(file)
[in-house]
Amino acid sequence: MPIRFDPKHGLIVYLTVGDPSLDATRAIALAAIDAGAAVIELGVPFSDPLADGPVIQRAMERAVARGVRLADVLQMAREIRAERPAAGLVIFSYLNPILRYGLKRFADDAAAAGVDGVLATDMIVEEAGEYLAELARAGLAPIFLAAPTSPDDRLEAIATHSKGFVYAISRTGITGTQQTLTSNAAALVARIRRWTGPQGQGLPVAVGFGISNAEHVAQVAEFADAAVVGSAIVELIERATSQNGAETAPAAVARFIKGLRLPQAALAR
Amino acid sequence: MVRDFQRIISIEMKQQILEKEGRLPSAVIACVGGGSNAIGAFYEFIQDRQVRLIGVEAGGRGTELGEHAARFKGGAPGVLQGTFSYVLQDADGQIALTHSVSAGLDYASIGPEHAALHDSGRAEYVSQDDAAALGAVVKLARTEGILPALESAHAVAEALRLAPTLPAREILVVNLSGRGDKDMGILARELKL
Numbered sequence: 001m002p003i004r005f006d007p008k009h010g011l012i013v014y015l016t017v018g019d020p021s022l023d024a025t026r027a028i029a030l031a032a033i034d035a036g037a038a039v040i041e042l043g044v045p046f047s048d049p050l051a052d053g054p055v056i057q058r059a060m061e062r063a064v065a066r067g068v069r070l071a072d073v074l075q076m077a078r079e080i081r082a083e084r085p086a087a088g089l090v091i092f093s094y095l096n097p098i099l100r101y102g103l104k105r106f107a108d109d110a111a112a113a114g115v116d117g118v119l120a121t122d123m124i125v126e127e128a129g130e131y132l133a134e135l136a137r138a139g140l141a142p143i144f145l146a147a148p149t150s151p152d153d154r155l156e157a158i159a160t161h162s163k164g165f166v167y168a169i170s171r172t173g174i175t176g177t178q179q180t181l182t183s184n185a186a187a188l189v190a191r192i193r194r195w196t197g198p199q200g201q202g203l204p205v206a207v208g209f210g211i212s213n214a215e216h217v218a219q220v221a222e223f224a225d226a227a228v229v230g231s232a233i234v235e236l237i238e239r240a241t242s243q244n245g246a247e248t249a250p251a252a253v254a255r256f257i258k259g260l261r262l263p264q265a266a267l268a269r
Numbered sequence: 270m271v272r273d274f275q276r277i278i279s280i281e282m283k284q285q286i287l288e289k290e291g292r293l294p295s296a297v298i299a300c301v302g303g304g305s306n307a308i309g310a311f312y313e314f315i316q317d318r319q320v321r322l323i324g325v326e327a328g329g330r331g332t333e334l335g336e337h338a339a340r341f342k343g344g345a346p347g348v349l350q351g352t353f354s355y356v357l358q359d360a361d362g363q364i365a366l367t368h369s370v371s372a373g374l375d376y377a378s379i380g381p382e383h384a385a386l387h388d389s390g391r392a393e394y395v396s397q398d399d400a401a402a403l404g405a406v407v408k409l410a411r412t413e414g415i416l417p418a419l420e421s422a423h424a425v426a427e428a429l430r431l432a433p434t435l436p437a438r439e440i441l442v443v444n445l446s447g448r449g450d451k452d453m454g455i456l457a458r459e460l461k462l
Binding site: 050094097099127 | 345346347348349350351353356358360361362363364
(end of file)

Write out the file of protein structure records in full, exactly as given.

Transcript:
[in-house]
Amino acid sequence: MPIRFDPKHGLIVYLTVGDPSLDATRAIALAAIDAGAAVIELGVPFSDPLADGPVIQRAMERAVARGVRLADVLQMAREIRAERPAAGLVIFSYLNPILRYGLKRFADDAAAAGVDGVLATDMIVEEAGEYLAELARAGLAPIFLAAPTSPDDRLEAIATHSKGFVYAISRTGITGTQQTLTSNAAALVARIRRWTGPQGQGLPVAVGFGISNAEHVAQVAEFADAAVVGSAIVELIERATSQNGAETAPAAVARFIKGLRLPQAALAR
Amino acid sequence: MVRDFQRIISIEMKQQILEKEGRLPSAVIACVGGGSNAIGAFYEFIQDRQVRLIGVEAGGRGTELGEHAARFKGGAPGVLQGTFSYVLQDADGQIALTHSVSAGLDYASIGPEHAALHDSGRAEYVSQDDAAALGAVVKLARTEGILPALESAHAVAEALRLAPTLPAREILVVNLSGRGDKDMGILARELKL
Numbered sequence: 001m002p003i004r005f006d007p008k009h010g011l012i013v014y015l016t017v018g019d020p021s022l023d024a025t026r027a028i029a030l031a032a033i034d035a036g037a038a039v040i041e042l043g044v045p046f047s048d049p050l051a052d053g054p055v056i057q058r059a060m061e062r063a064v065a066r067g068v069r070l071a072d073v074l075q076m077a078r079e080i081r082a083e084r085p086a087a088g089l090v091i092f093s094y095l096n097p098i099l100r101y102g103l104k105r106f107a108d109d110a111a112a113a114g115v116d117g118v119l120a121t122d123m124i125v126e127e128a129g130e131y132l133a134e135l136a137r138a139g140l141a142p143i144f145l146a147a148p149t150s151p152d153d154r155l156e157a158i159a160t161h162s163k164g165f166v167y168a169i170s171r172t173g174i175t176g177t178q179q180t181l182t183s184n185a186a187a188l189v190a191r192i193r194r195w196t197g198p199q200g201q202g203l204p205v206a207v208g209f210g211i212s213n214a215e216h217v218a219q220v221a222e223f224a225d226a227a228v229v230g231s232a233i234v235e236l237i238e239r240a241t242s243q244n245g246a247e248t249a250p251a252a253v254a255r256f257i258k259g260l261r262l263p264q265a266a267l268a269r
Numbered sequence: 270m271v272r273d274f275q276r277i278i279s280i281e282m283k284q285q286i287l288e289k290e291g292r293l294p295s296a297v298i299a300c301v302g303g304g305s306n307a308i309g310a311f312y313e314f315i316q317d318r319q320v321r322l323i324g325v326e327a328g329g330r331g332t333e334l335g336e337h338a339a340r341f342k343g344g345a346p347g348v349l350q351g352t353f354s355y356v357l358q359d360a361d362g363q364i365a366l367t368h369s370v371s372a373g374l375d376y377a378s379i380g381p382e383h384a385a386l387h388d389s390g391r392a393e394y395v396s397q398d399d400a401a402a403l404g405a406v407v408k409l410a411r412t413e414g415i416l417p418a419l420e421s422a423h424a425v426a427e428a429l430r431l432a433p434t435l436p437a438r439e440i441l442v443v444n445l446s447g448r449g450d451k452d453m454g455i456l457a458r459e460l461k462l
Binding site: 050094097099127 | 345346347348349350351353356358360361362363364